Yes, it is Sunday, and yes, that means I ought to have a Weekend News-Surfing post lined up. But, you know, I’m not feeling up to dealing with the myriad of nastiness that’s around in the news this week, so instead, I have taken inspiration from the long-suffering sidekick of Captain Obvious:

I’m going to give you three quotes that have appeared in the news this week. And then, if you haven’t already guessed, I’m going to point out why one of these things is not like the others.

Pope ‘distorting condom science’:

“the London-based Lancet said the Pope had “publicly distorted scientific evidence to promote Catholic doctrine on this issue”. It said the male latex condom was the single most efficient way to reduce the sexual transmission of HIV/Aids.”

School lunch rules too strict:

“The government had been working with local authorities and schools to create better dining facilities and organise lunch breaks better because it knew students were put off if there was nowhere to sit, long queues, unattractive dining rooms or no time to eat.”

Sex attack on woman in alleyway:

“I would advice ladies in the area to take reasonable precautions and if possible avoid walking alone in that vicinity at this moment in time. If they are walking around during the hours of darkness I would urge them to be with a friend or something like that.”

Have you guessed yet?

In fact, there are two right answers. The first is that one of these things is not held to be “conventional wisdom” – and that would be the second story, which says that students don’t want to stand in long queues to get their lunch.

The second, and the one which I was going for, was that, while the quotes from the first two stories are clearly true all the time, the third story is one of those rare occaisions where the “conventional wisdom” for women is actually relevant.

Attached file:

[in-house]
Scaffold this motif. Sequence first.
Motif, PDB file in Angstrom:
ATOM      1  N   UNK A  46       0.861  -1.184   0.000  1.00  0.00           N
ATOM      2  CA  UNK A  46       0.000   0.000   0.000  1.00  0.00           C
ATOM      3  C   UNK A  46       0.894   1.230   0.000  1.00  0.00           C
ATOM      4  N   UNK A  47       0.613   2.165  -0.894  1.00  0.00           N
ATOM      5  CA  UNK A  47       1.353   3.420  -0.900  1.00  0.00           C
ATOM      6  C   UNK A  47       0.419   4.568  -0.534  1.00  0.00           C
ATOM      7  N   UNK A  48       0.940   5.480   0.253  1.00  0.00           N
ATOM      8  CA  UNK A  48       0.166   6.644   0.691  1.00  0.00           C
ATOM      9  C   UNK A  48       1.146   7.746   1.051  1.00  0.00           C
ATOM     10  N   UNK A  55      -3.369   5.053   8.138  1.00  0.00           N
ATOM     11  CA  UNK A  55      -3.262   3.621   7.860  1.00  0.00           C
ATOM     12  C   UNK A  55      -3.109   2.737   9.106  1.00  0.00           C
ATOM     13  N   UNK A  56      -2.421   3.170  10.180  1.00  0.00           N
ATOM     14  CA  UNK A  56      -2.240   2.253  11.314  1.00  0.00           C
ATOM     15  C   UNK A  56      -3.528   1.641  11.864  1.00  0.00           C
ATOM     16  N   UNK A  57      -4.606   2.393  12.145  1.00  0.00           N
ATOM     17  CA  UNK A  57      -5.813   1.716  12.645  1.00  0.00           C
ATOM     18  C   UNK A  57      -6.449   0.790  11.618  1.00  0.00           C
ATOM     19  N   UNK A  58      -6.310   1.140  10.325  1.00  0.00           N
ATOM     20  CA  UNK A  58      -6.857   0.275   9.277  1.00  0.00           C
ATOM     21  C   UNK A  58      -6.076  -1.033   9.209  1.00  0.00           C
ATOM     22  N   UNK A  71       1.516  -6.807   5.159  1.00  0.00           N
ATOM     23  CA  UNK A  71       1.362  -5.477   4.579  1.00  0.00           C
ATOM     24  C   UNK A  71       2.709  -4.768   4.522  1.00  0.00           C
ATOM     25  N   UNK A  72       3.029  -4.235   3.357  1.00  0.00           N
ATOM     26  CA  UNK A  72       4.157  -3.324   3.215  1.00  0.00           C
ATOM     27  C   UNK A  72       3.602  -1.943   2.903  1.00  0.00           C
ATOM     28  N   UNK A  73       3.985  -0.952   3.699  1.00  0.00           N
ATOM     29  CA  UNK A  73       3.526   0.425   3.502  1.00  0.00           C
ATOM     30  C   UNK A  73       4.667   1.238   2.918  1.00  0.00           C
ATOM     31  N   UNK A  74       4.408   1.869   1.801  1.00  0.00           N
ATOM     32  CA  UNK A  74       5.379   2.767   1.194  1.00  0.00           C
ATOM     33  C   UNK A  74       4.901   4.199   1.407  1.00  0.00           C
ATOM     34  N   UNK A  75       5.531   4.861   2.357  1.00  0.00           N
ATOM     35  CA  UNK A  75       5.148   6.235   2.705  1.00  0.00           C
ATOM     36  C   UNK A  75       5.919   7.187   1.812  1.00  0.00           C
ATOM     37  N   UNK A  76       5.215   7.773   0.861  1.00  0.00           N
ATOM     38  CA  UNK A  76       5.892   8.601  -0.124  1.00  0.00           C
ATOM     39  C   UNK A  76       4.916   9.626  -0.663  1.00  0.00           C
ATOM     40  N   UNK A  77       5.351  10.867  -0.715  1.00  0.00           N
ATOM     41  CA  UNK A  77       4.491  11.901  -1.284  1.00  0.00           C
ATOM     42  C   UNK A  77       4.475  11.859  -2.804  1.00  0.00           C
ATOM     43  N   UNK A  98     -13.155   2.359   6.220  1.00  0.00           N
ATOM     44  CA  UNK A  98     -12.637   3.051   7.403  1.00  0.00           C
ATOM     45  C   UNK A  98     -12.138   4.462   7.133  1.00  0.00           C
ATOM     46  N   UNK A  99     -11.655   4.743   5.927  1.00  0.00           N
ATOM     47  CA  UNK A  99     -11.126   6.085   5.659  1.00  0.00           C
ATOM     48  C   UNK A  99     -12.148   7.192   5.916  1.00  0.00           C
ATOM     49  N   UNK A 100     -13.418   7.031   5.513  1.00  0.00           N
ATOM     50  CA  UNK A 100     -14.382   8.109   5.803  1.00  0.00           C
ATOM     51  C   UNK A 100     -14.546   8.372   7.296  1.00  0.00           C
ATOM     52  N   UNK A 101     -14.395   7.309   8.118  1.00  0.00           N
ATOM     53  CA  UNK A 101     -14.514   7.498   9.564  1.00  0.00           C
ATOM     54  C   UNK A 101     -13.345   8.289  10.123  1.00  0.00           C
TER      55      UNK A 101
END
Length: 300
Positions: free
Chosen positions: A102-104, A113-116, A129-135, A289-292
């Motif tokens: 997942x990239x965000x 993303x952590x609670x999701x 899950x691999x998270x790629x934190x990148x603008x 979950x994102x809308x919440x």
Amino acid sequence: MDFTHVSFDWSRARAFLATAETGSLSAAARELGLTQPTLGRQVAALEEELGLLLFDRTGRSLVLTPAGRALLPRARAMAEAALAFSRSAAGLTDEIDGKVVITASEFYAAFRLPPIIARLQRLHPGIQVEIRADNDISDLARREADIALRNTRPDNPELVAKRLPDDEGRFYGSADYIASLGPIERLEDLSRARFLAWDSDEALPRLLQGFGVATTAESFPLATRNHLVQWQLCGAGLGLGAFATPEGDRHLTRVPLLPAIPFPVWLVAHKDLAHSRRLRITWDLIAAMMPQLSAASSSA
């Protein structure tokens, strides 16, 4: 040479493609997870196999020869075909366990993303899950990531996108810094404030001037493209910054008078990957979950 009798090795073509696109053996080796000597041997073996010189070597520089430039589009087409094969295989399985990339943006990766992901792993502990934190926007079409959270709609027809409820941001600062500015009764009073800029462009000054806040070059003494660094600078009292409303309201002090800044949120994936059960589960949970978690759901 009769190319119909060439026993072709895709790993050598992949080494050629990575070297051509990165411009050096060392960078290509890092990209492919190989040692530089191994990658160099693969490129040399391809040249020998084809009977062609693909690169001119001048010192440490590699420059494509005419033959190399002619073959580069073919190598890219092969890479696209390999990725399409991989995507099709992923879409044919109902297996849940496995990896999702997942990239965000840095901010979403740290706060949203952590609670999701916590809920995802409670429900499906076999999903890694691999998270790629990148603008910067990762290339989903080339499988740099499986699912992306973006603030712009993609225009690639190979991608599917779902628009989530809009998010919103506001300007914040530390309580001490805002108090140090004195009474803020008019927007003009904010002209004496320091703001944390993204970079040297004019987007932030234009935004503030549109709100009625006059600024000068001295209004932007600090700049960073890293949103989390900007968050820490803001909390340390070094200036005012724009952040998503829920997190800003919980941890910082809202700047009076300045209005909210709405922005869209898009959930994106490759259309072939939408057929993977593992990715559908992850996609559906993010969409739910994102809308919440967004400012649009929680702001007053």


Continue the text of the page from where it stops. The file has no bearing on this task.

Here’s what gets to me, Detective Inspector Dilly*: if women in our culture don’t know by now that they’re not meant to walk around late at night without some suitably muscular man to look after them, they never will. You saying “don’t walk around in the dark” isn’t anything new or helpful.

I know I’m not meant to walk around in the dark on my own. I know I’m not meant to go out clubbing in a short skirt, but then on the other hand, if I go out in jeans and get raped, the judge won’t believe me because my jeans will have been too tight for the man to get them off without my help. I know I’m not meant to get drunk, because if I do, I can wave goodbye to that rape conviction – after all, just because I was unconscious, doesn’t mean I didn’t consent! I know I’m not meant to use public transport to get home – but then, if I take a taxi and get raped, who will believe me? I know I’m meant to take my boyfriend with me everywhere I go, so that potential rapists know that I’m somebody else’s property, but then, if my boyfriend rapes me, it won’t even get to court because the police will label it as a “domestic incident”. After all, I don’t normally object to having sex with him, right?!

Of course, if you were honest you might have said, “face it, ladies, whether a man rapes you has nothing to do with what you do, and everything to do with whether that man is a rapist”. But that doesn’t make for nice, friendly police officer advice, does it?

Don’t get me wrong – I want women to be safe. I want to feel safe, as a woman. But let’s face it – the only time I could ever consider myself completely free from the threat of rape is if I was the only person left alive. Being pre-pubescent doesn’t mean I won’t get raped. Being post-menopausal doesn’t mean I won’t get raped. Being lesbian… well, in some places, being lesbian might actually increase my chances of getting raped.